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The Corn Belt’s harvest remains ahead of schedule, USDA reports

Iowa’s soybean cutting is 13 points ahead of its average.

While less than 40% of the U.S. corn crop is left in the field, less than one-third of the soybeans are left to be cut.

Despite some rain delays, the nation’s corn harvest is speeding along, while soybean cutting is slightly above average, according to the USDA Crop Progress Report.


As of Sunday, the USDA pegged the U.S. corn harvest at 66% complete vs. a 53% five-year average.

The corn harvest in Illinois is 78% complete vs. its 72% five-year average. In Iowa, farmers have picked 60% of the crop, way ahead of its 44% five-year average. In Nebraska, corn farmers are 60% finished, above a five-year average of 47%.



As of Sunday, the USDA rated the nation’s soybean harvest at 73% complete vs. a 70% five-year average. 

In Iowa, the cutting of soybeans is 83% finished vs. a 70% five-year average. In Illinois, the farmers are 68% finished vs. a 77% five-year average. In Nebraska, the soybean crop is 88% harvested vs. a 77% five-year average.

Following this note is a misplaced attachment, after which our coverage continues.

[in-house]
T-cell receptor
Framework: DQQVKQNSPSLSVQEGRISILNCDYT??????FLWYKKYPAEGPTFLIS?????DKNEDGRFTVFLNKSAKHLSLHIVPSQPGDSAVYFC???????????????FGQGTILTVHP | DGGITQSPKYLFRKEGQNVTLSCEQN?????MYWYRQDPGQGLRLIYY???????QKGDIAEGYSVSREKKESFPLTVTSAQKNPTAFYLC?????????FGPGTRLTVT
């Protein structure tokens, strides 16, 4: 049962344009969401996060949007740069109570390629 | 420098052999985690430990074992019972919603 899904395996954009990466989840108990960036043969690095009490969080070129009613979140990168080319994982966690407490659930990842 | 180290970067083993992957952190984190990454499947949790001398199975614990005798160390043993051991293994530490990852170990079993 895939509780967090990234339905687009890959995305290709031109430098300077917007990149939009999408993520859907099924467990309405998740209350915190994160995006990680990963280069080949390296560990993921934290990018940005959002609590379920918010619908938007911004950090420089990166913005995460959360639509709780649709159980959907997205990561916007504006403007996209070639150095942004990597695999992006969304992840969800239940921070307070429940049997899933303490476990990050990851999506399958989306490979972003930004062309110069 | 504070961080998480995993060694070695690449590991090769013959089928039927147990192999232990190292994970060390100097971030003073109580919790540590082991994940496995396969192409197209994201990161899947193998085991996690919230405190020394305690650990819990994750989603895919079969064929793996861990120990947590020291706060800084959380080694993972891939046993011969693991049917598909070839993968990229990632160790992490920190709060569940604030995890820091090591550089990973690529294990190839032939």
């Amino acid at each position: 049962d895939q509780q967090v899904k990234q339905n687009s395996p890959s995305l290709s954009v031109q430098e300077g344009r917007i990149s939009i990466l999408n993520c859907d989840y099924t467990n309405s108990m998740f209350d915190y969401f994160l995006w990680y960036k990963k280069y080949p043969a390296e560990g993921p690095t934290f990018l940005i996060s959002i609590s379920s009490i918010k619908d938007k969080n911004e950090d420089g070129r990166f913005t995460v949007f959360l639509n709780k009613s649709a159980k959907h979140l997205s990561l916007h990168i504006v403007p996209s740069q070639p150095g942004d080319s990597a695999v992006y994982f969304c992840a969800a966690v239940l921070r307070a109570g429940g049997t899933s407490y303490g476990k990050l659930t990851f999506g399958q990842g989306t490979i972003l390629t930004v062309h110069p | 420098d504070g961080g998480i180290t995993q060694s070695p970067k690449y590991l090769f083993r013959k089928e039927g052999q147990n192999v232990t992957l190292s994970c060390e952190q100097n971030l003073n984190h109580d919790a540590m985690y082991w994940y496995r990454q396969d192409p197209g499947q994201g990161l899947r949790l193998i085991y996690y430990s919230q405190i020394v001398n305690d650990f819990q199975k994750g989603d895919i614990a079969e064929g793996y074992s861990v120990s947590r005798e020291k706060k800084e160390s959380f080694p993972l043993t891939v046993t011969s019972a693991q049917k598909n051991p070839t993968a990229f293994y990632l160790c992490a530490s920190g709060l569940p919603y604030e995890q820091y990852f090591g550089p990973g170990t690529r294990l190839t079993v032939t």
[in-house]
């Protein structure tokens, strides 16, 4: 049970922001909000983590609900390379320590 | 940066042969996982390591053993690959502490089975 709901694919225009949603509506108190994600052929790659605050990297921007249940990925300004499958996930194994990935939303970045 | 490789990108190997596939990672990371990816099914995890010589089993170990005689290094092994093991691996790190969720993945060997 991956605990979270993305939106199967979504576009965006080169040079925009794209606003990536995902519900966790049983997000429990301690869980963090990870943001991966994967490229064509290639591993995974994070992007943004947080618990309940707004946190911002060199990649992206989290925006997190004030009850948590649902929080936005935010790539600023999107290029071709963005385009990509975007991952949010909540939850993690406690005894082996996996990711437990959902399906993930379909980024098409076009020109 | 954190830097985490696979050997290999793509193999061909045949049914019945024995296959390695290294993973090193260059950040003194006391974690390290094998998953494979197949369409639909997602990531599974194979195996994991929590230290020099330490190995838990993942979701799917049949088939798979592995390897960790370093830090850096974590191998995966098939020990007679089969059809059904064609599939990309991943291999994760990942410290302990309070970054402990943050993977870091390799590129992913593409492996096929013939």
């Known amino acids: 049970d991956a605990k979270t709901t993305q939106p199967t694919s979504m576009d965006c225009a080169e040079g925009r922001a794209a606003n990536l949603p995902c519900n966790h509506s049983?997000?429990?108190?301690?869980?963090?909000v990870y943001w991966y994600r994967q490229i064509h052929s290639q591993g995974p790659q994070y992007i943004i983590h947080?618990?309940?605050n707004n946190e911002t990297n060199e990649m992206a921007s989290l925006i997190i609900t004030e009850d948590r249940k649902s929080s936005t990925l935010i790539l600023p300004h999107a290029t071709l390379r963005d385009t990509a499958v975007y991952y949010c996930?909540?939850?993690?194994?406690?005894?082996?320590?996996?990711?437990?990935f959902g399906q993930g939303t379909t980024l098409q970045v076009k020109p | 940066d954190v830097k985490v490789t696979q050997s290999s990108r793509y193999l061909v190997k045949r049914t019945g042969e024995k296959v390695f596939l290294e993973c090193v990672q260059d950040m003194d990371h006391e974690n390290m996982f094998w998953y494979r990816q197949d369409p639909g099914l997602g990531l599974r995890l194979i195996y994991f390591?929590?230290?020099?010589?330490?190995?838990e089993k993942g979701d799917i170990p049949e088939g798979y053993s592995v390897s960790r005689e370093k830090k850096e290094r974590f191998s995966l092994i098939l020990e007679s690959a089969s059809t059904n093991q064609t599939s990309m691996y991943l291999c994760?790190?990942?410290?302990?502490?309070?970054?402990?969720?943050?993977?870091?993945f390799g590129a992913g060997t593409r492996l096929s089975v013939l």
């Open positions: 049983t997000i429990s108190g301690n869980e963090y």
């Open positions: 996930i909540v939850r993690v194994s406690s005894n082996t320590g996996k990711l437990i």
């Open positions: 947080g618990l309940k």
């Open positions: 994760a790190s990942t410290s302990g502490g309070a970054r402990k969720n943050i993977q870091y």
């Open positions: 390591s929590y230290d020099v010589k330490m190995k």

In its report Monday, the USDA rated the U.S. winter wheat crop as 80% planted vs. a 80% five-year average.

The winter wheat crop condition rating is pegged at 46% good/excellent.

Crop progress and condition estimates are based on survey data collected each week from early April through the end of November, according to the USDA report. “The non-probability crop progress and condition surveys include input from approximately 3,600 respondents whose occupations provide them opportunities to make visual observations and frequently bring them in contact with farmers in their counties. Based on standard definitions, these respondents subjectively estimate the progress of crops through various stages of development, as well as the progress of producer activities. They also provide subjective evaluations of crop conditions,” the USDA stated in its Monday report.

Most respondents complete their questionnaires on Friday or early Monday morning and submit them to the National Agricultural Statistics Service (NASS) field offices in their states by mail, telephone, fax, email, or through a secured internet website. A small number of reports are completed on Thursday, Saturday, and Sunday. Regardless of when questionnaires are completed, respondents are asked to report for the entire week ending on Sunday, according to the report.

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